This week, the American Trucking Association made arguments before the U.S. Supreme Court challenging the L.A. Port’s “ill-founded attempt… to impose a comprehensive licensing scheme on trucks hauling freight in and out of the Port.”
ATA Deputy Chief Council Richard Pianka said the agency agrees with the 1980 Congress decision to allow the trucking industry to be shaped by the competitive market, not government regulations.
“Congress underscored that desire in 1994 in the Federal Aviation Administration Authorization Act which prohibits state and local governments from enacting or enforcing any ‘law, regulation, or provision having the force and effect of law related to a price, route, or service of any motor carrier,'” Pianka said.
“Despite this, leaders in Los Angeles moved forward with a plan to shape the market for trucking at the Port by imposing a laundry list of regulations that should all be clearly preempted by the FAAAA,” Pianka said.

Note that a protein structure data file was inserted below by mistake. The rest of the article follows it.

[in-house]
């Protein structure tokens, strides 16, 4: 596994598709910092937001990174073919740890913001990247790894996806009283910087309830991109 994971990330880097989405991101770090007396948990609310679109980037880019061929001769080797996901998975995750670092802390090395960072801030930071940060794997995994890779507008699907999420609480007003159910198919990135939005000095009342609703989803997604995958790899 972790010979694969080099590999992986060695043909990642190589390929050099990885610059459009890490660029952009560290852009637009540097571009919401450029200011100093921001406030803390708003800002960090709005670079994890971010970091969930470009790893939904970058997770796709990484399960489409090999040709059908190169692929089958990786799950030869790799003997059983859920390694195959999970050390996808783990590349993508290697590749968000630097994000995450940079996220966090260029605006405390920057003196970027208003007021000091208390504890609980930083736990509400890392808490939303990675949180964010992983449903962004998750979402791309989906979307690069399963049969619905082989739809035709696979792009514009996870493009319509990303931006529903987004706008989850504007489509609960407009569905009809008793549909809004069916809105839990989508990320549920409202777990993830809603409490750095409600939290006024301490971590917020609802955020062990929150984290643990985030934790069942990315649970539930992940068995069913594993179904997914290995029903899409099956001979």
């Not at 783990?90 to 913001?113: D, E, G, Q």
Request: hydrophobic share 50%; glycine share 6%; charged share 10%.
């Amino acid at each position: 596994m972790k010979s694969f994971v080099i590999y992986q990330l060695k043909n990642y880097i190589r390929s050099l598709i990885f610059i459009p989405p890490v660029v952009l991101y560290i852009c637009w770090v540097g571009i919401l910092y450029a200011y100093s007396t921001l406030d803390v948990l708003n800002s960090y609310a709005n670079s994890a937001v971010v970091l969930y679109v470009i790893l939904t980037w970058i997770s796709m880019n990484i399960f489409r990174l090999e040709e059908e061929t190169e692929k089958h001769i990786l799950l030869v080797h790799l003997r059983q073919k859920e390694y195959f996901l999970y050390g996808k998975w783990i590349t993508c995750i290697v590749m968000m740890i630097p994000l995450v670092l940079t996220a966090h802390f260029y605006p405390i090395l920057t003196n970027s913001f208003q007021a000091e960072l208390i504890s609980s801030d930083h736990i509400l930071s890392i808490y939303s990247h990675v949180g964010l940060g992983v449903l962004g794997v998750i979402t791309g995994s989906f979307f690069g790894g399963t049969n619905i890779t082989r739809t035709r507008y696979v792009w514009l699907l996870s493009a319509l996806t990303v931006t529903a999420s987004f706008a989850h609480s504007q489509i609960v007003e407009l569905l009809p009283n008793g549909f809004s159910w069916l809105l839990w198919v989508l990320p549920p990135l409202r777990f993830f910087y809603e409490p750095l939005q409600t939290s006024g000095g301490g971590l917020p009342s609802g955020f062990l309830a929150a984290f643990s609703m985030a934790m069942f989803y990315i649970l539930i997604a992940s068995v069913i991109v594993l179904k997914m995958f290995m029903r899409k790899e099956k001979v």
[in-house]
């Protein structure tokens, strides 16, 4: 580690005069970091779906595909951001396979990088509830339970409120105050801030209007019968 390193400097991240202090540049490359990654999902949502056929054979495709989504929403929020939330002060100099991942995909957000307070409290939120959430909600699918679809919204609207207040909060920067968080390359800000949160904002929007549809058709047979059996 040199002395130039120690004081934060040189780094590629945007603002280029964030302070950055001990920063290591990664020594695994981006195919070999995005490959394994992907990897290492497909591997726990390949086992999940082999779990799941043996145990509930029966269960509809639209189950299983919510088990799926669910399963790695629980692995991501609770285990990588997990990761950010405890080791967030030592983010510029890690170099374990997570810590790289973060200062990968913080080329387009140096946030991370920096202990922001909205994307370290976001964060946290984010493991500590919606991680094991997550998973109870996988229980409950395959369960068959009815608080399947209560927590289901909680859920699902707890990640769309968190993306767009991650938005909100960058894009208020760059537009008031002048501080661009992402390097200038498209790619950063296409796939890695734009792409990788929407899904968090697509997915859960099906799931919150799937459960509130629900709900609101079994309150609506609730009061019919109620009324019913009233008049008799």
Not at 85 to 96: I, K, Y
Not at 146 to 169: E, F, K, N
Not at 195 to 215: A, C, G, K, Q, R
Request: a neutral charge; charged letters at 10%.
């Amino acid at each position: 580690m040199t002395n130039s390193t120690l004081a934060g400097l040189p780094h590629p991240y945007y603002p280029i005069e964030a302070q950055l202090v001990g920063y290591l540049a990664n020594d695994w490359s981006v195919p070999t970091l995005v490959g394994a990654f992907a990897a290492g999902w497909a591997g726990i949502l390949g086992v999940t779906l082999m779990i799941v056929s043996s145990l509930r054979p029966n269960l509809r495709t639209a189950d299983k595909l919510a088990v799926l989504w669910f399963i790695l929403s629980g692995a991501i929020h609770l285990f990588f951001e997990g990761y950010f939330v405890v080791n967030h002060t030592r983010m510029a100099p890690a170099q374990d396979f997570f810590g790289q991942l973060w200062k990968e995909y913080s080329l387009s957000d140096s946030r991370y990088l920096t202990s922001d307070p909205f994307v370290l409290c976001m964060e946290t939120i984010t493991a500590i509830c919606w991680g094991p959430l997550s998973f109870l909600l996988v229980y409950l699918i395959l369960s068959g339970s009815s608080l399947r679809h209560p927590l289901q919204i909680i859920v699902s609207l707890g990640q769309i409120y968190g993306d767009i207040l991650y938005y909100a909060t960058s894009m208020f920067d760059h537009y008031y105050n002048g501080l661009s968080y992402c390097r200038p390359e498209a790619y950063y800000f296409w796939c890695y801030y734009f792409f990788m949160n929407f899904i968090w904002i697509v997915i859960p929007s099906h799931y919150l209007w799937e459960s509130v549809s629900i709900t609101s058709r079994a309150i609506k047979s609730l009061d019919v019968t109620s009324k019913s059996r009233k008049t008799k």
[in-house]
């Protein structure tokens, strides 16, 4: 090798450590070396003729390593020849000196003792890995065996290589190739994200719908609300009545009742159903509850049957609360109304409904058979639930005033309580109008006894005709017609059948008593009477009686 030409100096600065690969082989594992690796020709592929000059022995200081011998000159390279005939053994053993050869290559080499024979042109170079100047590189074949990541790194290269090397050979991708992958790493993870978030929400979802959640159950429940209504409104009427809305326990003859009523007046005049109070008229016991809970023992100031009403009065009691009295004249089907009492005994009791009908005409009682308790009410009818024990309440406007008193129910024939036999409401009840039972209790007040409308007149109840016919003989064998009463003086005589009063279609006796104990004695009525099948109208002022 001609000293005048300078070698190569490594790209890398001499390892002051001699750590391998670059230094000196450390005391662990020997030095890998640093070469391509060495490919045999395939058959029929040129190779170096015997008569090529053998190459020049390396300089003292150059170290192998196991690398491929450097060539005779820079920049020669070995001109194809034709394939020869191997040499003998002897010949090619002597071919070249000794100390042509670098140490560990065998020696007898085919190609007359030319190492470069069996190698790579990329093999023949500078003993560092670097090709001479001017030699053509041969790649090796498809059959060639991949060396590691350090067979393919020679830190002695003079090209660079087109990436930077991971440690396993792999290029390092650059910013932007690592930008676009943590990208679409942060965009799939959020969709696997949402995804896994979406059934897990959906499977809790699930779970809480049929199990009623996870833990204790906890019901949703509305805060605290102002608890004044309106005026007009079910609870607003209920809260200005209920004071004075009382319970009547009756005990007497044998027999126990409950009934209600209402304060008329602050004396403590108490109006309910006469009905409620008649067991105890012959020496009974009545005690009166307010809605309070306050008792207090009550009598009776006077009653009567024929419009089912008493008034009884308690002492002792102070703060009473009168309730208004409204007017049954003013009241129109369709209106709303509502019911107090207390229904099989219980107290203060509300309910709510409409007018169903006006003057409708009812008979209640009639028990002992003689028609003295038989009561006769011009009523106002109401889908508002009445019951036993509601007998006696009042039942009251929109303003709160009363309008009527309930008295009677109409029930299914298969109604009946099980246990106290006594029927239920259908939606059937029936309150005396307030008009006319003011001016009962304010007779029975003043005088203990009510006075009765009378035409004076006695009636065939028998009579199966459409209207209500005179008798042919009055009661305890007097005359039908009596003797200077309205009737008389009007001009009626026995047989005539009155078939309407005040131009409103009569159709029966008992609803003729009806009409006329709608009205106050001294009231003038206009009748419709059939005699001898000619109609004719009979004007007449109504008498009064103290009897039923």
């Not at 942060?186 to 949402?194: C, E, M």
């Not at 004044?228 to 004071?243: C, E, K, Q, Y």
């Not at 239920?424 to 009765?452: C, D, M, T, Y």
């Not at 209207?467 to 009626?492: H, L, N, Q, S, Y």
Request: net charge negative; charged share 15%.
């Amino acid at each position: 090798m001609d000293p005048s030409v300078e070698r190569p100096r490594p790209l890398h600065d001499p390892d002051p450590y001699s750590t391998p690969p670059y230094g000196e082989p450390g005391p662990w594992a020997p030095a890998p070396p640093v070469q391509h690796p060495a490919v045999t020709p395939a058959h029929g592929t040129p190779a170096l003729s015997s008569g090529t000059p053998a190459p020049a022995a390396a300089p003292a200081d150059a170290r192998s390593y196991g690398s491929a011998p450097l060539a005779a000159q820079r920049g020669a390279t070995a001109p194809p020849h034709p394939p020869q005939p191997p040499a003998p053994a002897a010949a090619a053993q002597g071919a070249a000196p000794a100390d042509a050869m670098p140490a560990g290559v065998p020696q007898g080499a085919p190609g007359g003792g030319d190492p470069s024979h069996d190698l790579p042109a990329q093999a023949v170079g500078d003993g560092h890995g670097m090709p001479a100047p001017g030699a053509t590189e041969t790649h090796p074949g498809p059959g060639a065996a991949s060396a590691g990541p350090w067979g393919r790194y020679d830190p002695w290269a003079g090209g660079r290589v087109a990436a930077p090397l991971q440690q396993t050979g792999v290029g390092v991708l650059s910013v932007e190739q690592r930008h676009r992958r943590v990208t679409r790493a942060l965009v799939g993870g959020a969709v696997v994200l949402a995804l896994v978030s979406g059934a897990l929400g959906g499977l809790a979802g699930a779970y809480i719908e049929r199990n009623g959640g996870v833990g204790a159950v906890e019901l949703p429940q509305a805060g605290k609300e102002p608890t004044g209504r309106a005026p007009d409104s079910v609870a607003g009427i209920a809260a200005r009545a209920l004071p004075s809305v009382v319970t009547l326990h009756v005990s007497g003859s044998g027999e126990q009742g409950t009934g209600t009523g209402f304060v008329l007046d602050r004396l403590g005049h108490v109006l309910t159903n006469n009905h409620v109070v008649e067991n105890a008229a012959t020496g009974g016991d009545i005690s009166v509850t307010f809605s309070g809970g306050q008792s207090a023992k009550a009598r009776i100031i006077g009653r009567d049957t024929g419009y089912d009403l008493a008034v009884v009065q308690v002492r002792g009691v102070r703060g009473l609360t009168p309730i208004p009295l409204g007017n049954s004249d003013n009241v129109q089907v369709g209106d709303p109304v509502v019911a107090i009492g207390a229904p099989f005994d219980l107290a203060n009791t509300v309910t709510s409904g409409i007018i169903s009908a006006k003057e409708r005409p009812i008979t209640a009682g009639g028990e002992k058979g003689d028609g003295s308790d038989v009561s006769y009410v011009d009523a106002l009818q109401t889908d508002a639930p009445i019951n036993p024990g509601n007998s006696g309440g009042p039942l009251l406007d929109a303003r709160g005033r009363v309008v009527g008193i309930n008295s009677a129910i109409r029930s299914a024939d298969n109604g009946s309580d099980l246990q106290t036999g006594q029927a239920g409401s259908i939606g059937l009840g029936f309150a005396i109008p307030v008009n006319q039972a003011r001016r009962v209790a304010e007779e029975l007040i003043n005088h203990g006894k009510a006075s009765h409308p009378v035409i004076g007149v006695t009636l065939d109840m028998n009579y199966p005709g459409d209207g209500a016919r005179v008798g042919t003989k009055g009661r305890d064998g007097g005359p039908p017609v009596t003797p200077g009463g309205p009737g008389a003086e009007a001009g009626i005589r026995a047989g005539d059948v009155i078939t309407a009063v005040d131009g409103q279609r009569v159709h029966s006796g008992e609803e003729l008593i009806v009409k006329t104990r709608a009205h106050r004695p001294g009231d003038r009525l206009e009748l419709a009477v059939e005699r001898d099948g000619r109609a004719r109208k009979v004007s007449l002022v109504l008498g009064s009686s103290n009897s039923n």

“If these rules are allowed to stand, it would clear the way for a patchwork of regulations that would lead to unreasonable burdens on the movement of goods.”
The ATA is appealing the decision of a lower court that allowed the port to require trucks entering the port to comply with specific environmental, safety and security requirements.
Some of the proposed rules address truck maintenance, off-stree parking, posted placards, a provision that would require all drivers to be employees of trucking companies.
A decision in the case is likely some time before the Court’s current term ends in June.